Engineering oxygen octahedra rotation patterns in ABO3 perovskites is a powerful route to design functional materials. Here we propose a strategy that exploits point defects that create local electric dipoles and couple to the oxygen sublattice, enabling direct actuation on the rotational degrees of freedom. This approach, which relies on substituting an A site with a smaller ion, paves a way to couple dynamically octahedra rotations to external electric fields.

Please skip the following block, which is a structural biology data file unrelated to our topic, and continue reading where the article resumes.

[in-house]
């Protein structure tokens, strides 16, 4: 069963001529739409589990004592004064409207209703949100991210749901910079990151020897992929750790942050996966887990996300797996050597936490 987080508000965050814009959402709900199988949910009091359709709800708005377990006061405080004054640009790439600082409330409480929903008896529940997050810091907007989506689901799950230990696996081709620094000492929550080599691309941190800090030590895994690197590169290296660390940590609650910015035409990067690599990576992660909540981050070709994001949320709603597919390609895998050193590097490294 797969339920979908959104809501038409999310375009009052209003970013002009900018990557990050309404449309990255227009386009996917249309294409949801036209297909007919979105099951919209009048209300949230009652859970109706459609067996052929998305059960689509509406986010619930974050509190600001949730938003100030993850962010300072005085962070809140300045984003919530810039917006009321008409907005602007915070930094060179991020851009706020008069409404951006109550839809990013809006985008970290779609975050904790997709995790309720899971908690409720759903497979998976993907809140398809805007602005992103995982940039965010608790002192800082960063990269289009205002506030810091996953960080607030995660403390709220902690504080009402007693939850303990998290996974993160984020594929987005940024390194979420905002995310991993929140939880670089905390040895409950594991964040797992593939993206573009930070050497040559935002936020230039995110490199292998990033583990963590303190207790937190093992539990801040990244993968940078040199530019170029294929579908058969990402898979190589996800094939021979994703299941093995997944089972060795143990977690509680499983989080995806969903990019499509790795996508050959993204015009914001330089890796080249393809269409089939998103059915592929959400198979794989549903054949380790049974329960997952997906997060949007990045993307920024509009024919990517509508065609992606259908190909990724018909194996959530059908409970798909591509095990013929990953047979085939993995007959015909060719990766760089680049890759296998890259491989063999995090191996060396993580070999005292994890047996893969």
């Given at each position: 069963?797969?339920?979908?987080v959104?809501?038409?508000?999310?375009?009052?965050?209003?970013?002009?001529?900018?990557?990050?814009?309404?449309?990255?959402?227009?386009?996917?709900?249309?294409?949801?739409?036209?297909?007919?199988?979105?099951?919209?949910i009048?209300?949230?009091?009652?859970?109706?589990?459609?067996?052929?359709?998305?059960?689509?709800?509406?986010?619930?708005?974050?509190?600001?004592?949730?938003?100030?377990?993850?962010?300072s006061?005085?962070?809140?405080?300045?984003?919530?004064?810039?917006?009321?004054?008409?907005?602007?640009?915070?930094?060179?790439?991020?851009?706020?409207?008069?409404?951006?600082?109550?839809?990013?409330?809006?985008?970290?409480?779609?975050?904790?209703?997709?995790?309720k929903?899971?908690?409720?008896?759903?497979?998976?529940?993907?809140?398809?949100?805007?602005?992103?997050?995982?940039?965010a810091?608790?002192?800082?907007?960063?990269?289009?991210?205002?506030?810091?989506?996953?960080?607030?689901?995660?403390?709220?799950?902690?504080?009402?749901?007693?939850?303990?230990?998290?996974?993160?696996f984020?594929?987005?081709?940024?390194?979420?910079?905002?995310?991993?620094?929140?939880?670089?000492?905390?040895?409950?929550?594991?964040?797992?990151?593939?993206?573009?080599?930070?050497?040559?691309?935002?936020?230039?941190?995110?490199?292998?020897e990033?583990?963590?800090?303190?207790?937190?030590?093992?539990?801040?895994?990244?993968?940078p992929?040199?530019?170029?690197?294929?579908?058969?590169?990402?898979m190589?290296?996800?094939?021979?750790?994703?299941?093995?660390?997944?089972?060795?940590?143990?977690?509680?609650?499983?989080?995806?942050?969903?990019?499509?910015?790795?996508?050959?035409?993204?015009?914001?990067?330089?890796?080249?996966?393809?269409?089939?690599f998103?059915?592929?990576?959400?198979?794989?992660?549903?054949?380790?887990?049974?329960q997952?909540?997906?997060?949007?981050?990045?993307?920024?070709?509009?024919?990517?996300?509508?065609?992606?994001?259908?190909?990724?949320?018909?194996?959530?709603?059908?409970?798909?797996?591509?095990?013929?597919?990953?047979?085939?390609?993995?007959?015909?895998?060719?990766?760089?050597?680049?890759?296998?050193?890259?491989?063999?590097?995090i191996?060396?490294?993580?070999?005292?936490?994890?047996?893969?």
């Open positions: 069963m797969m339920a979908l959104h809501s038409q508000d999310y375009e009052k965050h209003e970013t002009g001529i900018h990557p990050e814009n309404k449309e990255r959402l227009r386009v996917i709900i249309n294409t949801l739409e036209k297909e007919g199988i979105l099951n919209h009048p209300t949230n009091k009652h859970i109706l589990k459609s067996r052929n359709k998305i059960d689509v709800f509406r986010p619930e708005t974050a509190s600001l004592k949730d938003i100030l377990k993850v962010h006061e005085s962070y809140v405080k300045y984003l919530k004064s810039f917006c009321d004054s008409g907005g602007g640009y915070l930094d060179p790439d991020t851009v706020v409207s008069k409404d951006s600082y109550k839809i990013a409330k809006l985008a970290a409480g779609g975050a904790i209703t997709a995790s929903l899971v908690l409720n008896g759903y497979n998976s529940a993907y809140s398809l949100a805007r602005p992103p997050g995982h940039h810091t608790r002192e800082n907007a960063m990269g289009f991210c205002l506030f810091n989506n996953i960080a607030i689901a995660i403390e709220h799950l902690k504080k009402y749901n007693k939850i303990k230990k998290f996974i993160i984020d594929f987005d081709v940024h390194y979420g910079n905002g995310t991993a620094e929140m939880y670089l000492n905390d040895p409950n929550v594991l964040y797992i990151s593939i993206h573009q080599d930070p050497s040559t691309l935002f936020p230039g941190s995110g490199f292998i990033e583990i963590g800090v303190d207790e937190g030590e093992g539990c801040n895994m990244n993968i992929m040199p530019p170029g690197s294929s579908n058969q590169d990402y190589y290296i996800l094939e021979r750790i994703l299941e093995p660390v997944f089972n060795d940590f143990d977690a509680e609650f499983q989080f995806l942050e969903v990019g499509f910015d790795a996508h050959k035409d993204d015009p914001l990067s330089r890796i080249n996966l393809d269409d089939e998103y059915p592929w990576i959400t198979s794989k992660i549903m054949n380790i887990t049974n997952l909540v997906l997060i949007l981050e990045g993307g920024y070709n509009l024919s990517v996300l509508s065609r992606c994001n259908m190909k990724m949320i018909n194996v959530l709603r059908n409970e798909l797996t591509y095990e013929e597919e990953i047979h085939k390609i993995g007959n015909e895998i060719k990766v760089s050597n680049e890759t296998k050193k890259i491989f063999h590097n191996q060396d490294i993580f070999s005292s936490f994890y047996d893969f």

A common antisite defect, AlLa, in rhombohedral LaAlO3 is taken as a prototype to validate the idea, with atomistic density functional theory calculations supported with an effective lattice model to simulate the dynamics of switching of the local rotational degrees of freedom to long distances. Our simulations provide an insight of the main parameters that govern the operation of the proposed mechanism, and allow to define guidelines for screening other systems where this approach could be used for tuning the properties of the host material.